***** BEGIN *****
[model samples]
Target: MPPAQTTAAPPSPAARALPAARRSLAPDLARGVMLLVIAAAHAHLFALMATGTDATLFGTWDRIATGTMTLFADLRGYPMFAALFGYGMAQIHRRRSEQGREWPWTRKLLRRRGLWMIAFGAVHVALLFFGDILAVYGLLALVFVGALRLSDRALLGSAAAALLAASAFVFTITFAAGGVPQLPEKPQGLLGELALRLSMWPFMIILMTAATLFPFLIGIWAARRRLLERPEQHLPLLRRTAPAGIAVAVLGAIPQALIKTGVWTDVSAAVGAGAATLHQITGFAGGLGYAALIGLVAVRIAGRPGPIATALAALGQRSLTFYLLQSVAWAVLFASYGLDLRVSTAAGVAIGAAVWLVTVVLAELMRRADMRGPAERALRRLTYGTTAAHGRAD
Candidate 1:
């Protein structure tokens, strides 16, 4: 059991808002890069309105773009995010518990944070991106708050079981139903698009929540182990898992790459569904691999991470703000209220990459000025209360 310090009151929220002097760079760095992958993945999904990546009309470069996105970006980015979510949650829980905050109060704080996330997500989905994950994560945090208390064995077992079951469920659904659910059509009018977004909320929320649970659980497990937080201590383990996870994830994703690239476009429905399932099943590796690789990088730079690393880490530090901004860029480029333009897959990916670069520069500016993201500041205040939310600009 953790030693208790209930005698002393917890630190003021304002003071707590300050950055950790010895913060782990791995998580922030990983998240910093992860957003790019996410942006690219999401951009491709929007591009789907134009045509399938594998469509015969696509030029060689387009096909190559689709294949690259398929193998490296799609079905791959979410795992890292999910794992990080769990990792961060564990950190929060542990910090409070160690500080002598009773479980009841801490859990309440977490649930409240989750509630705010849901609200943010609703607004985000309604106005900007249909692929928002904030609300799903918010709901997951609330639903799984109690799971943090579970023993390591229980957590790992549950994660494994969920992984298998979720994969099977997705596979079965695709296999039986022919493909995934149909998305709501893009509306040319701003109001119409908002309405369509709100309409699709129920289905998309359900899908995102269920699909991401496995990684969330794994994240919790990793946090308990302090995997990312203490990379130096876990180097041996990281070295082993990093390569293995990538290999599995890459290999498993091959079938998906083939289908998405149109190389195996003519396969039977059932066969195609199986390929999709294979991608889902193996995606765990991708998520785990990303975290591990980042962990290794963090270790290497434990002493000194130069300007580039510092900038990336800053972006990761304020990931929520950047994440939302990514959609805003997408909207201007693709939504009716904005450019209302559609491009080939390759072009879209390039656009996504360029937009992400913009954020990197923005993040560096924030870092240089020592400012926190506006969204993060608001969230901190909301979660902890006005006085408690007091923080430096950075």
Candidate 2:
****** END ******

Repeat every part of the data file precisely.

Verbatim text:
[model samples]
Target: MPPAQTTAAPPSPAARALPAARRSLAPDLARGVMLLVIAAAHAHLFALMATGTDATLFGTWDRIATGTMTLFADLRGYPMFAALFGYGMAQIHRRRSEQGREWPWTRKLLRRRGLWMIAFGAVHVALLFFGDILAVYGLLALVFVGALRLSDRALLGSAAAALLAASAFVFTITFAAGGVPQLPEKPQGLLGELALRLSMWPFMIILMTAATLFPFLIGIWAARRRLLERPEQHLPLLRRTAPAGIAVAVLGAIPQALIKTGVWTDVSAAVGAGAATLHQITGFAGGLGYAALIGLVAVRIAGRPGPIATALAALGQRSLTFYLLQSVAWAVLFASYGLDLRVSTAAGVAIGAAVWLVTVVLAELMRRADMRGPAERALRRLTYGTTAAHGRAD
Candidate 1:
């Protein structure tokens, strides 16, 4: 059991808002890069309105773009995010518990944070991106708050079981139903698009929540182990898992790459569904691999991470703000209220990459000025209360 310090009151929220002097760079760095992958993945999904990546009309470069996105970006980015979510949650829980905050109060704080996330997500989905994950994560945090208390064995077992079951469920659904659910059509009018977004909320929320649970659980497990937080201590383990996870994830994703690239476009429905399932099943590796690789990088730079690393880490530090901004860029480029333009897959990916670069520069500016993201500041205040939310600009 953790030693208790209930005698002393917890630190003021304002003071707590300050950055950790010895913060782990791995998580922030990983998240910093992860957003790019996410942006690219999401951009491709929007591009789907134009045509399938594998469509015969696509030029060689387009096909190559689709294949690259398929193998490296799609079905791959979410795992890292999910794992990080769990990792961060564990950190929060542990910090409070160690500080002598009773479980009841801490859990309440977490649930409240989750509630705010849901609200943010609703607004985000309604106005900007249909692929928002904030609300799903918010709901997951609330639903799984109690799971943090579970023993390591229980957590790992549950994660494994969920992984298998979720994969099977997705596979079965695709296999039986022919493909995934149909998305709501893009509306040319701003109001119409908002309405369509709100309409699709129920289905998309359900899908995102269920699909991401496995990684969330794994994240919790990793946090308990302090995997990312203490990379130096876990180097041996990281070295082993990093390569293995990538290999599995890459290999498993091959079938998906083939289908998405149109190389195996003519396969039977059932066969195609199986390929999709294979991608889902193996995606765990991708998520785990990303975290591990980042962990290794963090270790290497434990002493000194130069300007580039510092900038990336800053972006990761304020990931929520950047994440939302990514959609805003997408909207201007693709939504009716904005450019209302559609491009080939390759072009879209390039656009996504360029937009992400913009954020990197923005993040560096924030870092240089020592400012926190506006969204993060608001969230901190909301979660902890006005006085408690007091923080430096950075």
Candidate 2: